Stephanie Chang, Bridget Mary McCormack, Brenda Lawrence, Rashida Tlaib and Laurie Pohutsky.
Stephanie Chang, Bridget Mary McCormack, Brenda Lawrence, Rashida Tlaib and Laurie Pohutsky.

Those women from Michigan continue to be decisive voices in policy both in Lansing and across the nation. Here are five leading ladies to watch next year.

LANSING, Mich.—From the Governor to the Attorney General, Michigan’s leaders are a who’s who of progressive women. And five powerful progressive voices in particular got re-elected in 2020.

With a new year, January will also bring a new legislative term to Michigan and Washington both. Looking ahead at those new terms tackling familiar problems, a few leaders stand out as people to watch in 2021.

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From state representatives to the Supreme Court of Michigan, here are the movers and shakers that will help craft a new year.

Bridget Mary McCormack, Chief Justice of Michigan’s Supreme Court

Chief Justice Bridget Mary McCormack is a remarkably popular jurist in Michigan, handily obtaining her re-election in November. Seizing on the coronavirus pandemic as a chance to give the Michigan court system the leap into the 21st century it needed, McCormack modernized Michigan’s courts in the past year. 

McCormack has an advantage in this that she didn’t have in 2020, and that is Elizabeth Welch. Welch herself is dedicated to making courts more accessible for Michiganders who don’t need or can’t afford lawyers. But Welch offered McCormack another advantage—she swung the court ideologically closer to McCormack.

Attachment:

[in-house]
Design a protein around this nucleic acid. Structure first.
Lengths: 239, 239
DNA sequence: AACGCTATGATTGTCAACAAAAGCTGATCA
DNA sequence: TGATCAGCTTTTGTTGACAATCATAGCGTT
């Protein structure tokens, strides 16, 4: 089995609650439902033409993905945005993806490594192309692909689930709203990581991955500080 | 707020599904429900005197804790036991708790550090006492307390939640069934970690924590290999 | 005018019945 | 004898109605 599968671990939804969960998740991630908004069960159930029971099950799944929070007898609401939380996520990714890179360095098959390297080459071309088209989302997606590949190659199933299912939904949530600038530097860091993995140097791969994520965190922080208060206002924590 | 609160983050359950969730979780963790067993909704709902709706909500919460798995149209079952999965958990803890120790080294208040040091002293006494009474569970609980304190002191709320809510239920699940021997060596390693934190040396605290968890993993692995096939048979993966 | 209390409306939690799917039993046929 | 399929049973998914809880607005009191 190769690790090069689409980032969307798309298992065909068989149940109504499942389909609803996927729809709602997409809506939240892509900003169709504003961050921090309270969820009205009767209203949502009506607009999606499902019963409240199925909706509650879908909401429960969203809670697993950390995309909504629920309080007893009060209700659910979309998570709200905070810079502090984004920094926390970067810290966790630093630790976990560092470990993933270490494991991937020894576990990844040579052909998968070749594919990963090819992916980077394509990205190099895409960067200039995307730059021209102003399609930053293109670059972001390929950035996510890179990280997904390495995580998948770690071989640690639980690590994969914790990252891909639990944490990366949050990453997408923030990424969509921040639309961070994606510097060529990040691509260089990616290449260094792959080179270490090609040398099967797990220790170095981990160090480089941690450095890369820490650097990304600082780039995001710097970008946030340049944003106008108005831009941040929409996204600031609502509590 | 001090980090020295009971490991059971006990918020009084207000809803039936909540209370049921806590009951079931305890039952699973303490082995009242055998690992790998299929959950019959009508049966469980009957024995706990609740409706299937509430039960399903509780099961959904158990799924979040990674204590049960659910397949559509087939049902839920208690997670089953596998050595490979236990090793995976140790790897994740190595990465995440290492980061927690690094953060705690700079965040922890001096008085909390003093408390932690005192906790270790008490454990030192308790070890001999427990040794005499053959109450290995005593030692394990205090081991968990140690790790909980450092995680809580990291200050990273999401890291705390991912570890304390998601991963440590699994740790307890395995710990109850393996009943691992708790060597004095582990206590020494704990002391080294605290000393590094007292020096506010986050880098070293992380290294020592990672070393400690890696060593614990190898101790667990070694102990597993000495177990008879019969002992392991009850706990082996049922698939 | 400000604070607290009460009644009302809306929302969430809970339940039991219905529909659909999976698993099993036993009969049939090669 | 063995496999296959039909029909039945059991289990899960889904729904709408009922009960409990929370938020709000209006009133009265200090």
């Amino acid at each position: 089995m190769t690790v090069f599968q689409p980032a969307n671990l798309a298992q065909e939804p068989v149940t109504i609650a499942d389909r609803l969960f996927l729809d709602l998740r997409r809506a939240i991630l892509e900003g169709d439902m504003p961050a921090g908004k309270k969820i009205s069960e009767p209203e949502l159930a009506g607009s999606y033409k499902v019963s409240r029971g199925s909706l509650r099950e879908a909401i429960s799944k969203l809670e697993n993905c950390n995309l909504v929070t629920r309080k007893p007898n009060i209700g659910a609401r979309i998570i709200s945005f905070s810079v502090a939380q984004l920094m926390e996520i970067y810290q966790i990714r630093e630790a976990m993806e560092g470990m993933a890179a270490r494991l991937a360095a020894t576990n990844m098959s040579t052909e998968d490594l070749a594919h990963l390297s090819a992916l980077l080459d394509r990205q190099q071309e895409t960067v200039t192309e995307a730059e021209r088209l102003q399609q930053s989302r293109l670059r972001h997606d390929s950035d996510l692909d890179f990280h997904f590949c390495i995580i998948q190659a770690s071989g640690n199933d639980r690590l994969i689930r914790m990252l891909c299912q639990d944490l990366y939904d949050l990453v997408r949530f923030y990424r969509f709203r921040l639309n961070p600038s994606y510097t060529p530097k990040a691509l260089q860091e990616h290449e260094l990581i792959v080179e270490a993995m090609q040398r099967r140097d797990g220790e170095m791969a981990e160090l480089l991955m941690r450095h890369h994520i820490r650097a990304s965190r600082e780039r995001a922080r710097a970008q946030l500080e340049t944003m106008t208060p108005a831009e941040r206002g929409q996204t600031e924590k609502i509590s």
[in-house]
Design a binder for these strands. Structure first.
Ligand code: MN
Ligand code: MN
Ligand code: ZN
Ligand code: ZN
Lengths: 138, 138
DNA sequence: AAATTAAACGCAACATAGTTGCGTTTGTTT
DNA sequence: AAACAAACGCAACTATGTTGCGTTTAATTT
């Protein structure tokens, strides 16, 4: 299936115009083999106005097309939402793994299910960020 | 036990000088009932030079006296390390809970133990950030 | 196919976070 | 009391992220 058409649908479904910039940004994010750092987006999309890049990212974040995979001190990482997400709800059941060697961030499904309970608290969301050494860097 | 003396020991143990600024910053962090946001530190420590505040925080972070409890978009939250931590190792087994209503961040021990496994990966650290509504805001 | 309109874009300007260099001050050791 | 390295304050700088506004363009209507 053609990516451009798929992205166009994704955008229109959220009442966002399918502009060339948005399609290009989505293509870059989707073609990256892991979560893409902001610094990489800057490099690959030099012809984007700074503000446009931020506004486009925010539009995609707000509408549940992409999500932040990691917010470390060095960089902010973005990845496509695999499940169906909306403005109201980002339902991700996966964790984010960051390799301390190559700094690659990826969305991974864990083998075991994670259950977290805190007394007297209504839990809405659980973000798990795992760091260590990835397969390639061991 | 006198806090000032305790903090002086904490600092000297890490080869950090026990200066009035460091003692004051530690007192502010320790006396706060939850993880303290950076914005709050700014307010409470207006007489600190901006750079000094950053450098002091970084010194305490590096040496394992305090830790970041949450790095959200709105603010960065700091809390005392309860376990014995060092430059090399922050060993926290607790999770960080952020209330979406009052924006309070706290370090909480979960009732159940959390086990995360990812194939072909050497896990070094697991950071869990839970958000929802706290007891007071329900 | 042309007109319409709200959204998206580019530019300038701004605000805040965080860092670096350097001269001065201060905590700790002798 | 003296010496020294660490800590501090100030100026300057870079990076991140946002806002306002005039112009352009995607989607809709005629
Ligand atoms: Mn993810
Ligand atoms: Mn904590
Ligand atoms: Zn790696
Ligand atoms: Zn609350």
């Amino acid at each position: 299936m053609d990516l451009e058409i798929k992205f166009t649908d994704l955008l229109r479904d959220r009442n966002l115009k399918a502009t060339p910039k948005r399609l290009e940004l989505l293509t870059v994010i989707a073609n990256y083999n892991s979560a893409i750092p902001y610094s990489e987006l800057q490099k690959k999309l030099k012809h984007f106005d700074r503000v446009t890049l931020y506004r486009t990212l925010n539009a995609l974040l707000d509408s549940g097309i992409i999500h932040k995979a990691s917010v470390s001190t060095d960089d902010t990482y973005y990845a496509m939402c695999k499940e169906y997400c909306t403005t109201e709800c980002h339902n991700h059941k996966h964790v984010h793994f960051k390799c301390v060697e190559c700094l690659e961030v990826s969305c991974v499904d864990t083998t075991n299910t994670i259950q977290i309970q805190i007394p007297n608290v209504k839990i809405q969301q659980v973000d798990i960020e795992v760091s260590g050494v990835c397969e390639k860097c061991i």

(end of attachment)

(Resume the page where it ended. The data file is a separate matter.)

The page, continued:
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Judges rarely talk about the possible cases they may have to eventually divide, but given the current focus on voting rights, coronavirus protections and criminal justice reform in the cultural atmosphere, cases on these topics are likely to reach Welch and McCormack in the next year. And the shift in the court’s ideology toward a more progressive view of law means that the outcome of those cases might be starkly different to what Michigan has seen before.

In particular, the October decision striking down the law on which Gov. Gretchen Whitmer chose to pin her emergency authority still left the door open for other legal arguments to justify that authority. Those other legal arguments may be settled by a very different court.

Keep up with McCormack and the Michigan Supreme Court by watching court proceedings on YouTube.

Stephanie Chang, State Senator from Detroit

Sen. Stephanie Chang is the minority floor leader in the state’s Senate and served as the chair and Executive Committee Liaison for the Michigan Progressive Women’s Caucus. She’s also the first Asian American woman elected to the state senate.  She also served as state director for NextGen Climate Michigan, alumni engagement and evaluation coordinator for the Center for Progressive Leadership in Michigan, deputy director for the Campaign for Justice and as an organizer for Michigan United/One United Michigan.

All to say, Chang is tireless in her pursuit of progressive causes. 

Chang has also been deeply conscious of how the coronavirus pandemic has made things harder for those already facing challenging situations like poverty, disability or marginalization.